Mot Mot Expansion Brings Coffee From Vietnam to Seattle

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Mot Mot Expansion Brings Coffee From Vietnam to Seattle

Mot Mot Coffee now features their newest line of coffee products hailing from Viet- nam, called Tâm which means “center” or “heart”.

Mot Mot Coffee now features their newest line of coffee products hailing from Viet- nam, called Tâm which means “center” or “heart”.

Andrew Gao

Mot Mot Coffee now features their newest line of coffee products hailing from Viet- nam, called Tâm which means “center” or “heart”.

Andrew Gao

Andrew Gao

Mot Mot Coffee now features their newest line of coffee products hailing from Viet- nam, called Tâm which means “center” or “heart”.

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Tâm is a Vietnamese word that means center or heart, according to Sam Henry, a business Administration major who graduated in 2019. He is the former CEO of Mot Mot Coffee, a Seattle University student-run coffee company. The word Tâm has another meaning though, that of the philosophy of living a life.

This speaks to the heart of the company’s mantra of operating in an ethical way while still being a successful business. The student- run coffee company is in the midst of a major expansion this year, with the introduction of their new Vietnamese Arabica blend coffee, Tâm. This new coffee blend marks an expansion of the company’s products in order to bring in more revenue for the non-profit.

The coffee comes from a farming co-op in Da Lat called Married Bean, which helps to provide a fair price for the coffee that the farmers produce. Mot Mot is their first American partner.

“It was an incredible experience. We meet wonderful farmers, we meet wonderful people,” Henry said. “I saw the entire life cycle of the coffee from finding it in Vietnam to branding and selling it here.”

The company started the process of integrating Tâm into its product line last year when they got enough funds through a grant from the ASIANetwork Freeman Student- Faculty Fellows program. With this money, they took several students and faculty members to Vietnam to study sustainable fair-trade coffee practices and use those connections to partner with the Married Bean Co-op.

Andrew Gao

“They work with 60 farmers and give money for 100% of their yield for the year,” Henry said. “This cuts down on the number of middlemen the farmers have to sell to and cuts down on the amount we have to buy from, which makes it cheaper for us and better for farmers.”

Tâm is quite the rare find, as it is the only Vietnamese Arabica coffee sold in the Seattle area, according to the Mot Mot team’s research. According to current CEO and fourth-year marketing major Bayley Guy, this is in part due to the difficulty of cultivating the Arabica beans compared to the hardier robusta beans that are more popular in America.

“Arabica is a much more fragile plant, and it needs a lot more love, but it gives you a lot more flavor,” Guy said.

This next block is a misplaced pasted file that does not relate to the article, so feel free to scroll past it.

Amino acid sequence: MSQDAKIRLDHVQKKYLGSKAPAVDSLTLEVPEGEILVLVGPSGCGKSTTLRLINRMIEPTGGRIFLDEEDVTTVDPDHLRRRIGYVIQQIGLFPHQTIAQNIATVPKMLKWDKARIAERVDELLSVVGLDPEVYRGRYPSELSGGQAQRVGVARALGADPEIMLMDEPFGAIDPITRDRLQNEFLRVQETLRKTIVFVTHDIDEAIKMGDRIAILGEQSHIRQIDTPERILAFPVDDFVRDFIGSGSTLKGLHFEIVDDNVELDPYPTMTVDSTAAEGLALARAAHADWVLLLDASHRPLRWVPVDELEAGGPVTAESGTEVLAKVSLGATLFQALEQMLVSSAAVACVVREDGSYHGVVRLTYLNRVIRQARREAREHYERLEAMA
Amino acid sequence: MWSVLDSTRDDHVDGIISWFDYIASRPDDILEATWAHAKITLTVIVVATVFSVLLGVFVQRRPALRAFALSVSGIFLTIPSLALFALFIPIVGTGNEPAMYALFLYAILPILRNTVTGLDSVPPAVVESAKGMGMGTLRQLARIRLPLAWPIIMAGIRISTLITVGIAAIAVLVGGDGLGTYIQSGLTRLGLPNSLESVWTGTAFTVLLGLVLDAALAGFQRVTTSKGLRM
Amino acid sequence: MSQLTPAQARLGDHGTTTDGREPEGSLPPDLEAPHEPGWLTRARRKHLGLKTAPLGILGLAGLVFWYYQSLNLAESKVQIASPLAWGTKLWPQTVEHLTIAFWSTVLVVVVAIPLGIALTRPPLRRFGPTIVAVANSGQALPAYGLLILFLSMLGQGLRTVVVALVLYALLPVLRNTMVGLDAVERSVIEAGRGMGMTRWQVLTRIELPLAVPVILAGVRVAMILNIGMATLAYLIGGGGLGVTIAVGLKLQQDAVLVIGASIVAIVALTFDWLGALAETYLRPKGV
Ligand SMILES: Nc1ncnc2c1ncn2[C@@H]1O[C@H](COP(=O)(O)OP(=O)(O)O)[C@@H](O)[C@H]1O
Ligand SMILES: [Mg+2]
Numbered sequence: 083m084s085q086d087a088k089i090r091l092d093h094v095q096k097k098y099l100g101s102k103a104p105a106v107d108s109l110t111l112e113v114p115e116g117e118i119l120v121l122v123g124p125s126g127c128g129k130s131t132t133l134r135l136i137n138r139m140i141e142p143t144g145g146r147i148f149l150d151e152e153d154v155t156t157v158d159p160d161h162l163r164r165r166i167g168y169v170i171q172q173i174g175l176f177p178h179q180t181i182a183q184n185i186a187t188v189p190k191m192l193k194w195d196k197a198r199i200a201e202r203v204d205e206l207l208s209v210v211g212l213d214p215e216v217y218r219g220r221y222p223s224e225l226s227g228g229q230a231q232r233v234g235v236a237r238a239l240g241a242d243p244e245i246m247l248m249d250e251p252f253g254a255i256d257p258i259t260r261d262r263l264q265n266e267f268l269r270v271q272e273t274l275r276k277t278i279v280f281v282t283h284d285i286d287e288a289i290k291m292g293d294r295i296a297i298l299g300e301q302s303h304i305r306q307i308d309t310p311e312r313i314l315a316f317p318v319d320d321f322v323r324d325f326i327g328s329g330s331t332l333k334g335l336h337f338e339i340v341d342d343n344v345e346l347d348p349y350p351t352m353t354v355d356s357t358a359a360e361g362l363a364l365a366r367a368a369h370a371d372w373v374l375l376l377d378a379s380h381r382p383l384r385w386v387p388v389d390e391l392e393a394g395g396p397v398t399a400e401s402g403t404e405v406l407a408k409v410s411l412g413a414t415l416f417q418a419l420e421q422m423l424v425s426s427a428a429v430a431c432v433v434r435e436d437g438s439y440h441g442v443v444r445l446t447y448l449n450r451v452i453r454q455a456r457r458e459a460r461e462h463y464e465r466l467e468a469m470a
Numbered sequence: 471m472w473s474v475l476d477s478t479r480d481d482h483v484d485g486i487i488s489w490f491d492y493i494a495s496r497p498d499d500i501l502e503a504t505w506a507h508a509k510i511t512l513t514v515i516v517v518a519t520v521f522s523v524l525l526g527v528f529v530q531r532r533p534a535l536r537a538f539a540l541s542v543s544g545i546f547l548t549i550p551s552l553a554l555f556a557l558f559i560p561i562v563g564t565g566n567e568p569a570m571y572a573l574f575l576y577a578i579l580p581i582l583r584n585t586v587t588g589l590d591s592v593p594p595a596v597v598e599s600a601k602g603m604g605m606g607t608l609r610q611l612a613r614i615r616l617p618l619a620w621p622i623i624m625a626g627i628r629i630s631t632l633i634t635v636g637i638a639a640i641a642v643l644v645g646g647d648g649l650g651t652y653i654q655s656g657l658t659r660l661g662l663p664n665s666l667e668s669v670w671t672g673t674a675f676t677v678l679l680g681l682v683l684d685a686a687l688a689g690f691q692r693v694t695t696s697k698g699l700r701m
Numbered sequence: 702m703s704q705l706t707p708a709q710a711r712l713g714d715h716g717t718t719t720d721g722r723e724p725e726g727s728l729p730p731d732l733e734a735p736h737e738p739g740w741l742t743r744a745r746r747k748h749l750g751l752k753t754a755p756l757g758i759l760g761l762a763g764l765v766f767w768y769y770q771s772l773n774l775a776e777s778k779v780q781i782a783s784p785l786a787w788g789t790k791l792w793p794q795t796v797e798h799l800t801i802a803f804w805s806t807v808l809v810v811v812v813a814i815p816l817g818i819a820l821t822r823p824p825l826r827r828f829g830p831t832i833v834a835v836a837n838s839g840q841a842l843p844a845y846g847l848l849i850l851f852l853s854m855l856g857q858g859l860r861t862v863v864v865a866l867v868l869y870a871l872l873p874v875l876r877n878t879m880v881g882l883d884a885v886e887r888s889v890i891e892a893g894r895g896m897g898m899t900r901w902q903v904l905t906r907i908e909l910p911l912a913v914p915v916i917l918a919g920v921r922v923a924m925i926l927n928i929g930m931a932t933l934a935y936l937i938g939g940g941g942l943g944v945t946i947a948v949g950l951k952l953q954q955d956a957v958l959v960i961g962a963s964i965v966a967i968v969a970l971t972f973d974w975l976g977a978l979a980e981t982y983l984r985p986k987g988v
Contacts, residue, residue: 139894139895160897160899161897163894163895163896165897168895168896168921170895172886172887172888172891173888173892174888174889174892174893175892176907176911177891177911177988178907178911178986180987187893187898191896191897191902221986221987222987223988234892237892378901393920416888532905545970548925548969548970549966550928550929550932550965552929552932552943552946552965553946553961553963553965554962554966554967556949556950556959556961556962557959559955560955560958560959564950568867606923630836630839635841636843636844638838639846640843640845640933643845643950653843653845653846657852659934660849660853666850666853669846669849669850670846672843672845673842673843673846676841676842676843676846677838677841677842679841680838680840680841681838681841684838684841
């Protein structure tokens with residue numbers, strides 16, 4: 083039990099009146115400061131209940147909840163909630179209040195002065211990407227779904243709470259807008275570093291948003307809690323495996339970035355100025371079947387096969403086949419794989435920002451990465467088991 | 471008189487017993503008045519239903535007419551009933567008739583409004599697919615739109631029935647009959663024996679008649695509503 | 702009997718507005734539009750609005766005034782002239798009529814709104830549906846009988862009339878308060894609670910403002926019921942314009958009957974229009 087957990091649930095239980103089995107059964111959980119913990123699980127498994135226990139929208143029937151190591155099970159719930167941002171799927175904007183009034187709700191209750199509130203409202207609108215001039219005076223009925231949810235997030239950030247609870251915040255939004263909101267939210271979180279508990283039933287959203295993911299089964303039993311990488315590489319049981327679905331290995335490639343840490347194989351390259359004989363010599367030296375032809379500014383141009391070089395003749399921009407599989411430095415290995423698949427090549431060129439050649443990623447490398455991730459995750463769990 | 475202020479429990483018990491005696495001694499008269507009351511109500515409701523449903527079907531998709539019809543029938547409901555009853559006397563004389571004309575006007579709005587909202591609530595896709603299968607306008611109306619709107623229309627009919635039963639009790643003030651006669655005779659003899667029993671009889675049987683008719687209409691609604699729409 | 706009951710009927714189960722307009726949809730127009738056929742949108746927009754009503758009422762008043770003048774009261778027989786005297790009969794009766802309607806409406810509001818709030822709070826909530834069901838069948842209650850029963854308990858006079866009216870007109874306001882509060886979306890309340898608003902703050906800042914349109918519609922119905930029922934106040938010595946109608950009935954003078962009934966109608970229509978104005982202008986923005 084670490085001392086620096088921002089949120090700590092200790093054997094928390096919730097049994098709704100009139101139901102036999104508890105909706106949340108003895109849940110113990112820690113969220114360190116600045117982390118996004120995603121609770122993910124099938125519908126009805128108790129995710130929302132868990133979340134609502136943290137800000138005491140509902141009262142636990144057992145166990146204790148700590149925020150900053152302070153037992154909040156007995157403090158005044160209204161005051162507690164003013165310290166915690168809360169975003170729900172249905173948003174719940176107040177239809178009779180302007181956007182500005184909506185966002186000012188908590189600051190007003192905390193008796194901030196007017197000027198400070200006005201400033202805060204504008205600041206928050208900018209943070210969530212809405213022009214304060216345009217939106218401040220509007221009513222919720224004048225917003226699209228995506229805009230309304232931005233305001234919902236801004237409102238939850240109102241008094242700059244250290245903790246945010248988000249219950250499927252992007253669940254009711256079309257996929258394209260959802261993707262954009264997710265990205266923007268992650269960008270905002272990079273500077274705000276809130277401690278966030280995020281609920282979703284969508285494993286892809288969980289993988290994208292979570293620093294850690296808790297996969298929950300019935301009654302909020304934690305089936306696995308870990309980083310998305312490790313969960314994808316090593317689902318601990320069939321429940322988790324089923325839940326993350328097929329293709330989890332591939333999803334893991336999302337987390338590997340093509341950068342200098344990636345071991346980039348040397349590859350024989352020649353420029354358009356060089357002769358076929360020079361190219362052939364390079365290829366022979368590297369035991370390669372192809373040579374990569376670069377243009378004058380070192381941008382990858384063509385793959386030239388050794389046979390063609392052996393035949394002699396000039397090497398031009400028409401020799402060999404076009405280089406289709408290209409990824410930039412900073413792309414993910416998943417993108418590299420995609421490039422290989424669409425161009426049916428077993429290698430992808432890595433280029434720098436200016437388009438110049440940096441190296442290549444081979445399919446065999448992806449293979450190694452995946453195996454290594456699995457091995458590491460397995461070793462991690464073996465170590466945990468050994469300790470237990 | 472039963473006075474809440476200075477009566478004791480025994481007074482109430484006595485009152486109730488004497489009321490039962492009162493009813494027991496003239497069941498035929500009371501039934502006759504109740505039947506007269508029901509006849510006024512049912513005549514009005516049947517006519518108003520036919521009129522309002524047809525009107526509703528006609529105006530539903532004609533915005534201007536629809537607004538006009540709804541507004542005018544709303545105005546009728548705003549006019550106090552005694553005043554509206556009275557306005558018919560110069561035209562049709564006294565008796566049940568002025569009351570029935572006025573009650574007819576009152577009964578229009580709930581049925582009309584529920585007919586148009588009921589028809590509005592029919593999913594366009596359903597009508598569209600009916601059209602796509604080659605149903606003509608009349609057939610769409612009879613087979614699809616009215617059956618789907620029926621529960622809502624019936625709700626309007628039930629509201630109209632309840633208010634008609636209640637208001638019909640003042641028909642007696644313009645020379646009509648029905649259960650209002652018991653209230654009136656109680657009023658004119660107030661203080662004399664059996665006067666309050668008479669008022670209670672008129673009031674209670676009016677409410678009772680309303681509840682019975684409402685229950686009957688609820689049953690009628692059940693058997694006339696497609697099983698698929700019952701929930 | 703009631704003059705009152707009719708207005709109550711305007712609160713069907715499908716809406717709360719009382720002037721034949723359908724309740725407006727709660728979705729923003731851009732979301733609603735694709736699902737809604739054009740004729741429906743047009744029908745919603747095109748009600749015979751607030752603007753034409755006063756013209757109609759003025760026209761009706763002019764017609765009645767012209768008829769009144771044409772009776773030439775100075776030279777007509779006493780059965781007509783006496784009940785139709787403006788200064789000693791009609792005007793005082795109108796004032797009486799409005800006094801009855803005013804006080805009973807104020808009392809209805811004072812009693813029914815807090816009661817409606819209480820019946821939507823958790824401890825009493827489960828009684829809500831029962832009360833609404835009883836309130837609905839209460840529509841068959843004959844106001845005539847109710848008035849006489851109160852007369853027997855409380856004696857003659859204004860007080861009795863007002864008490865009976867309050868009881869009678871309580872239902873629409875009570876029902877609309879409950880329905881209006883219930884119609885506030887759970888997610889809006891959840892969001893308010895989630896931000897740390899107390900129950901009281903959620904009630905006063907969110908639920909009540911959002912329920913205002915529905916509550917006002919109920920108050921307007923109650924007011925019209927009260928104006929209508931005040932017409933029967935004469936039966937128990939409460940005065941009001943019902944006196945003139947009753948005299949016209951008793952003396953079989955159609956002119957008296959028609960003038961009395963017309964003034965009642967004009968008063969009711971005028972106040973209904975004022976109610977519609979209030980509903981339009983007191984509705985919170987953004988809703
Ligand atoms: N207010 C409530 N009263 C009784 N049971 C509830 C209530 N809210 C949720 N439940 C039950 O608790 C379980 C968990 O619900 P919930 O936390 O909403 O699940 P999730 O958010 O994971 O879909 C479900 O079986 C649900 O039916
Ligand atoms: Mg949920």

Mot Mot has other big plans in the future, including the possibility of being the coffee providers of multiple buildings in the Seattle area in the hopes of creating a more stable income. With the successful introduction of their new coffee, the company is just trying to tidy things up and make sure they have everything in order.

“Every CEO of the company has implemented changes, at a large or small scale, that has made the company better, and that’s just the goal—to make the company better, long term,” Guy said. “What we need is a stable operations base right now to get long term success. We can’t expand into new markets without that, and we can’t function without it. So finding those long term partners is key for us to be able to keep costs low for students.”

Andrew Gao, a third-year marketing major, is set to replace Guy when he graduates this spring. He currently works as the brand’s executive vice president.

Gao spoke about the troubles of having a new rotating crew of employees running the company every year.

“We are selling ethical coffee, but we are also developing business professionals,” Gao said. “We are a bit of an incubator for Albers students. Every year, four to five students graduate having spent years working in the commodities industry—and seeing how messed up it is—and then going into the world to change it. That’s our biggest impact.”

Tina Chau

The company partnered with Chartwells to distribute its coffee from several eatery locations on campus. Students can purchase coffee from many of these locations by going onto Mot Mot’s website, or by purchasing from them when they hold events like the upcoming Founders Friday or at cultural events.

Guy reflected on the impact that their small business has created and their mission. “Everyone has to find a small bit of good to do in the world so that the world can be a better place, and this is our little bit of good.”

Logan may be reached at [email protected]